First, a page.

Military response to Harvey could grow as large as Katrina deployment
WASHINGTON — Several thousand troops will soon join about 3,500 servicemembers already responding to Hurricane Harvey rescue efforts in southeastern Texas in an operation that could equal the size of the military’s response to Hurricane Katrina, a National Guard general said Tuesday.
Air Force Gen. James Witham, the domestic operations director for the National Guard Bureau, said military efforts could last several weeks and grow as large as the Pentagon’s involvement in 2005 to Katrina, when some 50,000 guardsmen and 20,000 active-duty servicemembers participated in the response to the devastating storm in Louisiana and Mississippi.
“This will be a long-term effort,” Witham told reporters Tuesday at the Pentagon. “Usually when the Guard responds to hurricane-type events we normally talk about that first 72 to 96 hours for life saving and sustainment then we’re into a recovery effort. Due to the nature of this storm as it spins across southeast Texas for days and dumps record or historical levels of rainfall … our response to this hurricane has been very different than ever before.”
Already some 3,000 Texas National Guardsmen and about 500 active-duty soldiers and airmen are participating in rescue operations, primarily by boat but also by helicopter, Witham said. The bureau on Tuesday was in the process of alerting between 20,000 and 30,000 additional National Guard troops, primarily from states around Texas, to prepare to deploy should Texas Gov. Greg Abbott request them.
Witham said Abbott is likely to request the aid of all of those servicemembers in the coming days alongside about 12,000 Texas guardsmen who have already been called to duty and will be phased into the operations as needed.
As of Tuesday morning, National Guardsmen had helped rescue about 3,500 people stranded by massive flooding throughout the region, the general said. Among those people, about 300 were rescued by National Guard helicopter hoist operations.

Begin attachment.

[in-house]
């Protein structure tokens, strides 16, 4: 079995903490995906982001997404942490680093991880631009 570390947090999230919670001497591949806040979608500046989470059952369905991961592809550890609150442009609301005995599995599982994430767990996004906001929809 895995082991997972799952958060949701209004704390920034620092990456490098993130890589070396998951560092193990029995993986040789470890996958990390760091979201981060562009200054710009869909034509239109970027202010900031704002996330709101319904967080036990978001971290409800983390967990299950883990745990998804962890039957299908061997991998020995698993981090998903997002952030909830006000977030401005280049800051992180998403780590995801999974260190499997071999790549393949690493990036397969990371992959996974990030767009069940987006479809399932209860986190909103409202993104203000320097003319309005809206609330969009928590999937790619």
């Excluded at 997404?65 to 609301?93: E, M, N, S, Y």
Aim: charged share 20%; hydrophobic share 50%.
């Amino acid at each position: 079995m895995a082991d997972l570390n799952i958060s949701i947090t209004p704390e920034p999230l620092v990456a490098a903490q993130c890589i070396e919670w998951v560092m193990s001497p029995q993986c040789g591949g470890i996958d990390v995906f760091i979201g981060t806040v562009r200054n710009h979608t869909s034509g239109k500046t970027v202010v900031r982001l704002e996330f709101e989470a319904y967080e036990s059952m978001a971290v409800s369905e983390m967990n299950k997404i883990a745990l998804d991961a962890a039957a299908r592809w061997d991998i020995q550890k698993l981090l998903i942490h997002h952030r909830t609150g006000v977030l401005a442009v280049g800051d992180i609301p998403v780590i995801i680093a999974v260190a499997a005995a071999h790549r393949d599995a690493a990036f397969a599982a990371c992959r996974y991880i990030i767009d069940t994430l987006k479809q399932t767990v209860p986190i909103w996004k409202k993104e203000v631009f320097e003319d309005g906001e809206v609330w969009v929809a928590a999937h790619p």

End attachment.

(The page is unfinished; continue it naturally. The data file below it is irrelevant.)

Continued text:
The response efforts have been especially difficult because the storm has remained in the area and continues to dump rain along the Texas coast and into southwest Louisiana, Witham said. The National Weather Service reported Tuesday that Harvey has already dropped more than 25 inches of rain along the coast and some areas could receive as much as 50 inches by Friday.
The National Guard will soon double the number of high-profile trucks to 400. The trucks can drive through 2 to 3 feet of standing water and are being used to evacuate stranded residents.
It is also using about 30 National Guard helicopters and 21 Coast Guard helicopters. Witham said he expects more than 100 helicopters will be supporting rescue and medical evacuation operations within the next few days.
National Guardsmen from Alaska, California, Connecticut, Florida, Kentucky, New York, Nebraska, North Carolina, Oregon and Utah have or will join rescue operations by Wednesday, according to the Guard Bureau.
Meanwhile, Louisiana had activated about 400 National Guard troops by Tuesday and was staging vehicles and supplies to respond to flooding in its southwestern region anticipated by state officials in coming days.
Witham said the Pentagon is prepared to assist Louisiana Gov. John Bel Edwards with anything he needs, just as it has pledged to Abbott in Texas.